London, U.K. --- (METERING.COM) --- July 30, 2009 - Hot water use will remain a major cause of domestic carbon emissions in the United Kingdom, and could even overtake emissions from heating in new homes, unless action is taken to reduce demand and energy losses from inefficient boilers and poorly lagged pipes, according to a new report.
The report, a joint study from the U.K.’s Energy Saving Trust and the Environment Agency, predicts that emissions from hot water use will increasingly dominate the carbon footprint of new fully insulated housing, unless progressive regulation in energy efficiency is matched by higher water efficiency standards.
Despite advances in water saving technology and the introduction of sustainability standards for new housing, the growing popularity of power showers and frequent showering means that households are still using the same amount of water today as ten years ago – around 150 litres per person per day.
In order to reduce emissions from domestic hot water use, the report calls for a review of the regulatory framework for hot water system design to incorporate a similar level of detail to that given to building and ventilation design on, and for planners and developers to include water efficiency measures in energy efficiency retrofit programs as this would save water and energy as well as cut emissions.
In addition there should be improvements in pipe layout and insulation for reducing energy and water waste while waiting for hot water at the tap, and continued improvements in boiler design to make them more energy efficient.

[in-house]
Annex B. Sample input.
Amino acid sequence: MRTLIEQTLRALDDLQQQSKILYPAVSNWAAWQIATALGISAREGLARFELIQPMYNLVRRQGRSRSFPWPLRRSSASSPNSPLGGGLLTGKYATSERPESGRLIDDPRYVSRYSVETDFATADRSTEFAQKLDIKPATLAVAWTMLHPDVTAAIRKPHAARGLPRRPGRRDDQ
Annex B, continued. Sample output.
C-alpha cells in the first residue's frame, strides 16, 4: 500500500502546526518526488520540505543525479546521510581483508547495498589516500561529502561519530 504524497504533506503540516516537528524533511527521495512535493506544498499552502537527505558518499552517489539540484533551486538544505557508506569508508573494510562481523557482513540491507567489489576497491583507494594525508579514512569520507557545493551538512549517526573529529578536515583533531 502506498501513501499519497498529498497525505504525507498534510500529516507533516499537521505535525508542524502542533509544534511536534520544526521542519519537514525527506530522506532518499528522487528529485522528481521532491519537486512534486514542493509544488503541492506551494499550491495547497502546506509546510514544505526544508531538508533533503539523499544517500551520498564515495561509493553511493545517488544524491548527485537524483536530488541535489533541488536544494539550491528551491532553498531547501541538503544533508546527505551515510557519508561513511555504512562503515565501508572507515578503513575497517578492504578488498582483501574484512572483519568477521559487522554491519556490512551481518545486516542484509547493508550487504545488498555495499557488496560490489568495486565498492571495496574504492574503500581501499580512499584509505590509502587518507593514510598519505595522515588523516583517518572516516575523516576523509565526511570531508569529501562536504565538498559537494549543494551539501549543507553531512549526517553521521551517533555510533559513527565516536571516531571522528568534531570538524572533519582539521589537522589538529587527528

The report also notes that water metering results in lower CO2 emissions as well as lower water use.
Water resources in certain parts of the U.K. are already under pressure. The Environment Agency predicts the amount of water available in England and Wales in 2050 will drop by an average 15 per cent, and up to as much as 80 per cent during summer months, as a result of climate change.
“Water is a precious resource and we urgently need to cut carbon emissions to help reduce the impact of future climate change,” said the Environment Agency's head of water, Ian Barker. “Currently, six percent of the UK's annual carbon emissions are related to water use, of which nearly 90 percent is from hot water use in the home. It's clear we need to find ways of being smarter with the way we use hot water.”
Magda Styles, water and waste strategy manager at the Energy Saving Trust, added that the research was undertaken to pinpoint the exact areas in the home where water use is consuming most energy. “The results show that if we are serious about reducing energy in the home then we must include reducing energy used from hot water.”
A pilot study integrating water efficiency with energy advice is to be launched in September at three Energy Saving Trust advice centers in London, Cardiff and Edinburgh.